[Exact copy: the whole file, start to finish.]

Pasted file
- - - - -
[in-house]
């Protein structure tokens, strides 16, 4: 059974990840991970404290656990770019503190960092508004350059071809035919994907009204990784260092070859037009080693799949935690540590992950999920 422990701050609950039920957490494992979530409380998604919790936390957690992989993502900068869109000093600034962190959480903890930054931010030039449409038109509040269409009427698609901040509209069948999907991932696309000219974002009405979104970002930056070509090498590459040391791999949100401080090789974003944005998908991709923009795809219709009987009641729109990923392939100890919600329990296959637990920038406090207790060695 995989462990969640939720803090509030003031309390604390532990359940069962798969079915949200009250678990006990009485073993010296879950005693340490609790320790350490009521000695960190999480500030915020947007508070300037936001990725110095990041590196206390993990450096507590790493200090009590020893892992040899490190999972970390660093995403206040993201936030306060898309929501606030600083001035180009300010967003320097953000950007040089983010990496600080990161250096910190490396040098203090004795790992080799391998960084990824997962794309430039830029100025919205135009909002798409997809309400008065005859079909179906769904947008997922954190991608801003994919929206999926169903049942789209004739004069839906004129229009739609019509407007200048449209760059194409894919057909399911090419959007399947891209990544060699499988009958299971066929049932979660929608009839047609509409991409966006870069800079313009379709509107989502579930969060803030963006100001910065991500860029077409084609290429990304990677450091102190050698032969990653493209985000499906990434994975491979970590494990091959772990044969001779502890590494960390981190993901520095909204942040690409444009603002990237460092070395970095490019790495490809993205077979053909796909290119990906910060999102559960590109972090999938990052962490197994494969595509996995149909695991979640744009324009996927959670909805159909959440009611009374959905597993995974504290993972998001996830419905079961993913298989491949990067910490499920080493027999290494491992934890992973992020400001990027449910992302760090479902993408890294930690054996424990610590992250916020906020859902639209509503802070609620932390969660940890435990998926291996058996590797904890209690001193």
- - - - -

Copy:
[in-house]
């Protein structure tokens, strides 16, 4: 059974990840991970404290656990770019503190960092508004350059071809035919994907009204990784260092070859037009080693799949935690540590992950999920 422990701050609950039920957490494992979530409380998604919790936390957690992989993502900068869109000093600034962190959480903890930054931010030039449409038109509040269409009427698609901040509209069948999907991932696309000219974002009405979104970002930056070509090498590459040391791999949100401080090789974003944005998908991709923009795809219709009987009641729109990923392939100890919600329990296959637990920038406090207790060695 995989462990969640939720803090509030003031309390604390532990359940069962798969079915949200009250678990006990009485073993010296879950005693340490609790320790350490009521000695960190999480500030915020947007508070300037936001990725110095990041590196206390993990450096507590790493200090009590020893892992040899490190999972970390660093995403206040993201936030306060898309929501606030600083001035180009300010967003320097953000950007040089983010990496600080990161250096910190490396040098203090004795790992080799391998960084990824997962794309430039830029100025919205135009909002798409997809309400008065005859079909179906769904947008997922954190991608801003994919929206999926169903049942789209004739004069839906004129229009739609019509407007200048449209760059194409894919057909399911090419959007399947891209990544060699499988009958299971066929049932979660929608009839047609509409991409966006870069800079313009379709509107989502579930969060803030963006100001910065991500860029077409084609290429990304990677450091102190050698032969990653493209985000499906990434994975491979970590494990091959772990044969001779502890590494960390981190993901520095909204942040690409444009603002990237460092070395970095490019790495490809993205077979053909796909290119990906910060999102559960590109972090999938990052962490197994494969595509996995149909695991979640744009324009996927959670909805159909959440009611009374959905597993995974504290993972998001996830419905079961993913298989491949990067910490499920080493027999290494491992934890992973992020400001990027449910992302760090479902993408890294930690054996424990610590992250916020906020859902639209509503802070609620932390969660940890435990998926291996058996590797904890209690001193």